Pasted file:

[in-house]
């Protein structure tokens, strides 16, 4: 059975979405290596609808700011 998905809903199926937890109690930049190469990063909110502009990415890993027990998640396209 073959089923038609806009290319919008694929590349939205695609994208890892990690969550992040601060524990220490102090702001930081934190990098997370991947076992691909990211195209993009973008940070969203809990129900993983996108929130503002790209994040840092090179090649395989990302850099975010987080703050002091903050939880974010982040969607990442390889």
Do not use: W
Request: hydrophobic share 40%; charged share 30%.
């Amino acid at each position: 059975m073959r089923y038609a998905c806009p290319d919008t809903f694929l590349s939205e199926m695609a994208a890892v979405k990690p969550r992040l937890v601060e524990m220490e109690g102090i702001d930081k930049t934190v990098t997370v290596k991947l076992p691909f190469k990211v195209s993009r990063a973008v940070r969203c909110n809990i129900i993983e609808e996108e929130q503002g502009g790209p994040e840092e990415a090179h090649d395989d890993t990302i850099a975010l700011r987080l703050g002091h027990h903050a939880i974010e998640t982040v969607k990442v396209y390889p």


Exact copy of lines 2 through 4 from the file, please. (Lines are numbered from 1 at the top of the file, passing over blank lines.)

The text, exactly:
């Protein structure tokens, strides 16, 4: 059975979405290596609808700011 998905809903199926937890109690930049190469990063909110502009990415890993027990998640396209 073959089923038609806009290319919008694929590349939205695609994208890892990690969550992040601060524990220490102090702001930081934190990098997370991947076992691909990211195209993009973008940070969203809990129900993983996108929130503002790209994040840092090179090649395989990302850099975010987080703050002091903050939880974010982040969607990442390889």
Do not use: W
Request: hydrophobic share 40%; charged share 30%.